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Why should you get training on self-defense? Example #4,293,211

August 27, 2012

The United States has long recognized a right to defend yourself with deadly force when faced with the Immediate and Otherwise Unavoidable Danger of Death or Grave Bodily Harm to the Innocent.

If you act to that standard by which you will be judged, you should be okay.

A man in Arkansas found out recently what happens when you don’t act to that standard, either because you are unwilling or because you don’t know what that standard is through ignorance.

A man was shot and killed in Hot Springs after reportedly trying to force his way into the back door of a home early Monday morning.

Officers arrested 30-year-old Quincy Eugene Young and charged him with murder II just before noon on Monday.

According to reports, 24-year-old Tyrone McAfee was trying to force open the back door of the residence with his shoulder, when Young began firing at him from inside the house.

Young then followed McAfee into the back yard and shot him several more times, police say….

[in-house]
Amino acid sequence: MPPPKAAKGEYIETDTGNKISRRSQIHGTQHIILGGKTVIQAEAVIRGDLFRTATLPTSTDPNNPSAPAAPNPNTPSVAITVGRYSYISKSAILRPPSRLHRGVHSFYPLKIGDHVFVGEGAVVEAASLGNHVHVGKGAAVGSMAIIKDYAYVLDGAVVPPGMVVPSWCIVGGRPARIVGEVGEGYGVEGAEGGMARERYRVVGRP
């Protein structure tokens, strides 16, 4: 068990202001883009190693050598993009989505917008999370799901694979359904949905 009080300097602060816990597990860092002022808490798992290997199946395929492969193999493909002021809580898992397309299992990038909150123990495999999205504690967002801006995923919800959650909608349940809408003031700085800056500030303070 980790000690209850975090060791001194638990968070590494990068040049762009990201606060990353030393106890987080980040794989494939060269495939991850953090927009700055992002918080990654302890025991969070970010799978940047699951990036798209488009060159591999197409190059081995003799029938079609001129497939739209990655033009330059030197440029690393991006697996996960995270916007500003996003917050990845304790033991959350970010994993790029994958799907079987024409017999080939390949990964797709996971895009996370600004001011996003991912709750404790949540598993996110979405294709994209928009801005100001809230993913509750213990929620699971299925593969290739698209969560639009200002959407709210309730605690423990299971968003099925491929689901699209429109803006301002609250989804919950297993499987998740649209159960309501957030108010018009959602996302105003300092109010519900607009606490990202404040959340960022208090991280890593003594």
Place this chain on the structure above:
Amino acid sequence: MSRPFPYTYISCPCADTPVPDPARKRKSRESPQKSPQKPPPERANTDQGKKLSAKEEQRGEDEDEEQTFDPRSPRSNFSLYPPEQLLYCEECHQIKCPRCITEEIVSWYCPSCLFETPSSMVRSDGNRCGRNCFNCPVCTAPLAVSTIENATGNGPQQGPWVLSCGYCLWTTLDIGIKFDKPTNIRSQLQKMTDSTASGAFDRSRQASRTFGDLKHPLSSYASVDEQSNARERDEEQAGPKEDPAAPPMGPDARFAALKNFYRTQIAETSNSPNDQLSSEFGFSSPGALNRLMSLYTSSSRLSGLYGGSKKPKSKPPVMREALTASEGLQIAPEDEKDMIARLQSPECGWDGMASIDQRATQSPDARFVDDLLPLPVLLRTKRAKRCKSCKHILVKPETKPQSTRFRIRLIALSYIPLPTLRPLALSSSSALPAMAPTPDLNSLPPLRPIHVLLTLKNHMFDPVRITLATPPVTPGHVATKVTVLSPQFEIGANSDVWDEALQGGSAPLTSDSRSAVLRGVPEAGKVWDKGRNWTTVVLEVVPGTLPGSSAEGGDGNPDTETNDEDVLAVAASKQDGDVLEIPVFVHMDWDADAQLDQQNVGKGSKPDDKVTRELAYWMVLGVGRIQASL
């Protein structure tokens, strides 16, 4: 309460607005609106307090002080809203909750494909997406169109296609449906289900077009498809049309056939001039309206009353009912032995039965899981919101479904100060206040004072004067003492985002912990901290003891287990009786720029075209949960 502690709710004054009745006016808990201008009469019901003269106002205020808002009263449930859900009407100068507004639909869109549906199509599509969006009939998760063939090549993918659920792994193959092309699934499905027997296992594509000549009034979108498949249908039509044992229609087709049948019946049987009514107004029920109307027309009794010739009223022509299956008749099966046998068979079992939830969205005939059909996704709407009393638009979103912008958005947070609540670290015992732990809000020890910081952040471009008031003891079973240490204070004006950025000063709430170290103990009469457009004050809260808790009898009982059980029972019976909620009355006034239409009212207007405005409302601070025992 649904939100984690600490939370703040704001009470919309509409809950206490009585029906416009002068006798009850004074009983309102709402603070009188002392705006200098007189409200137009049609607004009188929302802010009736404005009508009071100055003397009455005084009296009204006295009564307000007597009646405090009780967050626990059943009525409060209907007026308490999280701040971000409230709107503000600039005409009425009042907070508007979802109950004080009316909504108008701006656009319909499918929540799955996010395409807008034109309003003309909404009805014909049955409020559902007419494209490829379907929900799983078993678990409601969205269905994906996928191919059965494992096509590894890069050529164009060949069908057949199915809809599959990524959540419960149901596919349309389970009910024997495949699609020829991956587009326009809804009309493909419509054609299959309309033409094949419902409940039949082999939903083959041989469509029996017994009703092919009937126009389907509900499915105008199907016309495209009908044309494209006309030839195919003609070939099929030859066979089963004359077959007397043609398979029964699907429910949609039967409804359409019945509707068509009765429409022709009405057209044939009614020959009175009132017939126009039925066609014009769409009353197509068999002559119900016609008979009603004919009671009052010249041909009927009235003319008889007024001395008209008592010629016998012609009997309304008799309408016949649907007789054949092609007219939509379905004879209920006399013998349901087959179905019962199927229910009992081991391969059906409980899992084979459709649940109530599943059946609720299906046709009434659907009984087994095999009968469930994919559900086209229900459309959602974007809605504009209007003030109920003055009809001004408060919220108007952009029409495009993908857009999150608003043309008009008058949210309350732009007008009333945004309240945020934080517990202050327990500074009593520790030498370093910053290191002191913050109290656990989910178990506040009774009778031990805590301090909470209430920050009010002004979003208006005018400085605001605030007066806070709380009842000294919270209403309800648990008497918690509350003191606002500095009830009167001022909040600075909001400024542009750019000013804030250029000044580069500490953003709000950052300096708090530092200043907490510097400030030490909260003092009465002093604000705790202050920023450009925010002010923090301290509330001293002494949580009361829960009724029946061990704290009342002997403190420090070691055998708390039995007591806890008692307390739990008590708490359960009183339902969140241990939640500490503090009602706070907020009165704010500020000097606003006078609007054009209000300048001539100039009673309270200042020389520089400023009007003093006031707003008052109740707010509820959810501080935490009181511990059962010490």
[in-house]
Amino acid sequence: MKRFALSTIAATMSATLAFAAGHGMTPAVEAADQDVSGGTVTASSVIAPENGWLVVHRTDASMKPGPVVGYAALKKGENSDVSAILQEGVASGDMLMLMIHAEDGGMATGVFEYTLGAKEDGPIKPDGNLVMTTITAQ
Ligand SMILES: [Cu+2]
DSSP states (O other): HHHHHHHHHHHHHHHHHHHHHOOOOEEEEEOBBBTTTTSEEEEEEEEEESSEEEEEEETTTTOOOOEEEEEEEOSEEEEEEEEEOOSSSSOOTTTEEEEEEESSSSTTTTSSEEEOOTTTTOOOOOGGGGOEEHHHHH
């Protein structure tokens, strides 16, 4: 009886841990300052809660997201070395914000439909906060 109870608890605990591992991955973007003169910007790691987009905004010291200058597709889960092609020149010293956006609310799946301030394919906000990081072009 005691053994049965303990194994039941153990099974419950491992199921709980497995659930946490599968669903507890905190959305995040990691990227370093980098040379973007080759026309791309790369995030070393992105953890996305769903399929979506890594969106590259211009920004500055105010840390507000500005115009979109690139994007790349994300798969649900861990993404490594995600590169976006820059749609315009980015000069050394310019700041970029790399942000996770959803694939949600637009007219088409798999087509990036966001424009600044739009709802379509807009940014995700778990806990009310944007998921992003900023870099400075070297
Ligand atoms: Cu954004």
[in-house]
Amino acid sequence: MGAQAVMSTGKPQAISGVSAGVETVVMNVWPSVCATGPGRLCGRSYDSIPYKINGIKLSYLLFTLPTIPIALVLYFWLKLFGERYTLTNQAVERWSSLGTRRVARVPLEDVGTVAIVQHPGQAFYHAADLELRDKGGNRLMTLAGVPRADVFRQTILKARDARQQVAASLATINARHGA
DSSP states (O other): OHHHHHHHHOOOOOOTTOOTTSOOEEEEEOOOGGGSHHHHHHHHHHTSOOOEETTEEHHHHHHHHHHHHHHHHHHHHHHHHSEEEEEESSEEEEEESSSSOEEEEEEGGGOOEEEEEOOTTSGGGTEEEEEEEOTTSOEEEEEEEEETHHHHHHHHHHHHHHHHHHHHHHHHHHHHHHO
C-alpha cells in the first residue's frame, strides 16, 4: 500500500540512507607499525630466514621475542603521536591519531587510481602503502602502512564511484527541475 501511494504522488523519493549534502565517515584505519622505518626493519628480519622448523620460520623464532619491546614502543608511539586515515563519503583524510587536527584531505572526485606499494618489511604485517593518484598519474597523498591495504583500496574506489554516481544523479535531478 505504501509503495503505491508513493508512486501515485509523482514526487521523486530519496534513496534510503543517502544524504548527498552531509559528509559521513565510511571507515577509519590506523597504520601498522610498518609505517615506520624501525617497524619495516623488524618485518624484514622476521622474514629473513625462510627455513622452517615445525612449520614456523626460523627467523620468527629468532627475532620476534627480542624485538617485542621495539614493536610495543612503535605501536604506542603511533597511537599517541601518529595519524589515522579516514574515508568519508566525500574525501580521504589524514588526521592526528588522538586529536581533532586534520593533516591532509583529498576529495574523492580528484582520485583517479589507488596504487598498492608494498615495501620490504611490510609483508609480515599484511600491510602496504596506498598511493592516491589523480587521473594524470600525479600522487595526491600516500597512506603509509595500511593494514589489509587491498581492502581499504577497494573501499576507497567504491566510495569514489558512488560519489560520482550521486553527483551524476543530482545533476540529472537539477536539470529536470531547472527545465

First off, the homeowner made *big* mistakes.

1.  Generally speaking, with narrow few exceptions, you may NOT shoot through your front door at someone trying to break it down.

2.  You don’t pursue fleeing bad guys.

3.  You sure as heck don’t chase them down and perforate them additional times.

If you think you can chase a badguy out of your house into your backyard and engage them there, or if you think you’ll just stick a knife in a badguy’s hand after you’ve smitten him hip and thigh, our advice to you would be to seek out reputable, professional training on deadly force and the law before you put into practice any of that nonsense.

Unless you like living behind high walls, concertina wire and concrete.